These days, when you're creating material specifically for the web, you have to be very aware of your neighborhood and community for which you're creating. In the old days, when people were doing TV shows and there were only three networks, you could appeal to everybody.

You didn't have to worry about specifics then. You could just ask if it was a broad-based, broad-appeal show. Any show from your childhood or a big time show was like this.

Now, the world is so much more fragmented. People live in silos. Digital silos, conceptional silos, location silos. The big paradox is that people are super connected online and super conscious of each other, but their interests when you're creating media are pretty specific.

You need to aim at and connect with specific groups. You can't say, "This piece of video or blog I'm creating will appeal to everyone" -- you could try, maybe if it's a cat video it'll work, but for the most part it doesn't work.

You have to ask, "Who is watching? Who is reading? Who cares about this?" And the more specific you get, the better.

I was just talking to the people from Nation Builder, who are into building communities online. They were talking about the anti-genetically-modified food movement. That's a small group, but a very passionate one that is very active.

So ask, "Who is listening? Who is watching? Who is consuming? Who is your constituency? Who is your community?" Ideally build into connecting with those people first, before creating, if you can. Then when you're creating, you have them along for the ride and they'll help you know what to talk about.

In the new world we live in, both super connected and super fragmented, you have to be quite specific in who you're trying to reach out to.

A strange/funny example: There is a coffee distributor production group called 8point9.com and I did an interview with them because I like coffee. I had no deeper interest than that I like coffee. But I learned from them that there's a huge group of people that love coffee -- barristers, online coffee communities, Twitter communities around coffee, and ancillary groups connected to coffee.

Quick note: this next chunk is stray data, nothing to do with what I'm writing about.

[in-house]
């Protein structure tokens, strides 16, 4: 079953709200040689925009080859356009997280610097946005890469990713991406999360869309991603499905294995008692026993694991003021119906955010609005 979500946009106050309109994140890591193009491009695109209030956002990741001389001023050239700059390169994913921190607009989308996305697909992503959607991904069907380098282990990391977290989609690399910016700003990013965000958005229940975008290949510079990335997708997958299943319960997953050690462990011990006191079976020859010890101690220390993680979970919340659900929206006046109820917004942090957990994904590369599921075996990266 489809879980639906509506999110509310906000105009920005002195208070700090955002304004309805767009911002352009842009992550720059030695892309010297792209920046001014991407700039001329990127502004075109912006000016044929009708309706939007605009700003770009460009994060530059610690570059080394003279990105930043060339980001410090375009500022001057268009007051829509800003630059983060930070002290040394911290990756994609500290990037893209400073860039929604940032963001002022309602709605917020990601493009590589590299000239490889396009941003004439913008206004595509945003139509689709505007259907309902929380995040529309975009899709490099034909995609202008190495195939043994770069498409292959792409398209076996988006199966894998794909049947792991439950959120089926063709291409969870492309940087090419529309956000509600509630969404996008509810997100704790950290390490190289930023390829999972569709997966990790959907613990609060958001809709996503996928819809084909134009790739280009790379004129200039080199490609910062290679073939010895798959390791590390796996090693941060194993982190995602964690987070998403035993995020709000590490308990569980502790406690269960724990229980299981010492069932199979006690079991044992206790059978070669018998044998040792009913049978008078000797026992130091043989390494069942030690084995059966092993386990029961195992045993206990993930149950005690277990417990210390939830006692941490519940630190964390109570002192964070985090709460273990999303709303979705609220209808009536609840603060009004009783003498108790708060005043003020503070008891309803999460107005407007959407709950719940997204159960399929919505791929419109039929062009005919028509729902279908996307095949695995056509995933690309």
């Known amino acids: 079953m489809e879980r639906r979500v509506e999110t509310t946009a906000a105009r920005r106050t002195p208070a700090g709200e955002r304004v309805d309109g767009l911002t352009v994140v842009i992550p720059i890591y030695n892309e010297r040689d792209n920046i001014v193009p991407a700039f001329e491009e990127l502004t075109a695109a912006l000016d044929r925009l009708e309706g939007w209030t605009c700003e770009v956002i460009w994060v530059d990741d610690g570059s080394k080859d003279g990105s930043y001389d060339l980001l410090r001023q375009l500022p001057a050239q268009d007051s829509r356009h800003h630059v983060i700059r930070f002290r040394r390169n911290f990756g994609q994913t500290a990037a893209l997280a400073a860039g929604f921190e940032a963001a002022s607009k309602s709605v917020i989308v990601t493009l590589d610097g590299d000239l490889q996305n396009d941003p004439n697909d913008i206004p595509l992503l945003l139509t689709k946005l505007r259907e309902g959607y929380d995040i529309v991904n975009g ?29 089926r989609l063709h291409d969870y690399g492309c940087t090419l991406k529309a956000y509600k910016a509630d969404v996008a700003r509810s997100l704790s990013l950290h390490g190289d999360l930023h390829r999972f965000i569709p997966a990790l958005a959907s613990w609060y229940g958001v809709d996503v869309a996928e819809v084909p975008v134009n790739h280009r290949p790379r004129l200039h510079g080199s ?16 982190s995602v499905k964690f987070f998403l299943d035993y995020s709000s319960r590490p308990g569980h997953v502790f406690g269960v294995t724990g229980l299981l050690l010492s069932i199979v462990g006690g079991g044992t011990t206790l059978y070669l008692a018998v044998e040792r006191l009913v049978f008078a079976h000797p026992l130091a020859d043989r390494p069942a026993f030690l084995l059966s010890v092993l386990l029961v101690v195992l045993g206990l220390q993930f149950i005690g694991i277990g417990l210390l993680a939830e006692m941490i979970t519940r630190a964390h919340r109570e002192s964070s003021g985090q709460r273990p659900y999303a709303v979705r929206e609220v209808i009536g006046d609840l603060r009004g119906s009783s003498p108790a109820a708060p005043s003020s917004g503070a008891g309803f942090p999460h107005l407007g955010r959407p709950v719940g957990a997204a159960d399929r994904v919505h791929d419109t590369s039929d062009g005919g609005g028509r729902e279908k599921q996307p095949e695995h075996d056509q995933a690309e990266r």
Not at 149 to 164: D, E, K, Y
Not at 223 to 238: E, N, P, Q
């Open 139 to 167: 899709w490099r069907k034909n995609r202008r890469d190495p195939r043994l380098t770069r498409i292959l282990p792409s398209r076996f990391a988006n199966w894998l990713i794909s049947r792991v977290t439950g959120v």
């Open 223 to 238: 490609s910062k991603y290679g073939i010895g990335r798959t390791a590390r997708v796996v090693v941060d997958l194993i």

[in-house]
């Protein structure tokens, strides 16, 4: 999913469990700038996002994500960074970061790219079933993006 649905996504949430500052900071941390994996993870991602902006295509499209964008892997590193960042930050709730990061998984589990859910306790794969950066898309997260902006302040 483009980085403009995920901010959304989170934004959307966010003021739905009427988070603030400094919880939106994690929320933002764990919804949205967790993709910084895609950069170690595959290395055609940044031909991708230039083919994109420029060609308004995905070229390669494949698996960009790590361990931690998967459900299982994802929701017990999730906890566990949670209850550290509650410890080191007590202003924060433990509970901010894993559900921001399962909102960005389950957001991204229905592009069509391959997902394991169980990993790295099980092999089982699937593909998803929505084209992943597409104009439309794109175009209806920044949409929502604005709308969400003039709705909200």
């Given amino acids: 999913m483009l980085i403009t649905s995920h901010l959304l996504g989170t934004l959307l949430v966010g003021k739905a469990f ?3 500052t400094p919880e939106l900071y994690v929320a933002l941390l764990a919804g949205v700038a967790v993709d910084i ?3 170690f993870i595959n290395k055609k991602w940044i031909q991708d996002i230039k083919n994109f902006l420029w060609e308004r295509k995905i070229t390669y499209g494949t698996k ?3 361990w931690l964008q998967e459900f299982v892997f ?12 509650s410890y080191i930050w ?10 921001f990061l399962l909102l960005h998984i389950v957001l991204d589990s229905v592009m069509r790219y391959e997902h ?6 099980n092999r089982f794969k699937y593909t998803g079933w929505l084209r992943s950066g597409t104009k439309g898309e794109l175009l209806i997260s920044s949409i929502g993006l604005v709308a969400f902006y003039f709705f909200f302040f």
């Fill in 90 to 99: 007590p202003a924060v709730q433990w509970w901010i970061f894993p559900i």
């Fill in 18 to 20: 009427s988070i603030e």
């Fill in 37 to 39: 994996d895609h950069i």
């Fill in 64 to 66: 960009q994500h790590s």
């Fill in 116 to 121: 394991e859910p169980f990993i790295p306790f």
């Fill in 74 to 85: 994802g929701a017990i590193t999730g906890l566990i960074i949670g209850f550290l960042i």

When I research, I often start on Twitter. If you look for all the biggest people talking about coffee, you get a pretty good temperature of the community that is out there.

You learn quite quickly that a lot of scientists and mathematicians are into coffee. Apparently mathematical theorems are built on coffee, you need to drink coffee to do math.

A lot of cyclists are into coffee. You wouldn't know that without looking, that both scientists and cyclists into coffee.

8point9 started marketing in general at coffeehouses, but then got more into writing about cycling and coffee when they realized how plugged in it can be.

I recommend Twitter to start for researching and figuring out who the community is. search.twitter.com gets a pretty good fine-grained search to find the biggest Twitter accounts of people writing, thinking, and talking about the things you're interested in.

You can also use the Google Keyword Tool. You can sign up for a free adwords tool at adwords.google.com, and put in search terms for popularity. Or look at Google Trends and what people are interested in. Is there an increased interest in the word Kickstarter, or is IndieGoGo getting ahead? You can get a sense of even the country's most active searches, and how popular they are over time. 

You want to figure out what the basket for the topic you want to produce information on. If you look around, you'd realize a lot of people in Scandinavia are passionate about coffee, pour-over coffee, Aeropress… and you could quickly find an interesting group of people to dialog with if you wanted to produce content on coffee.

This gets very specific depending on who you're trying to talk to. The different social media channels attract different groups, and not everything works everywhere.

People interested in wine and drinks tend to be on blogs and Twitter heavily. Post on your blog, comment on theirs, and start conversations through blogs, and then can easily go offline to meet and have a glass of wine together.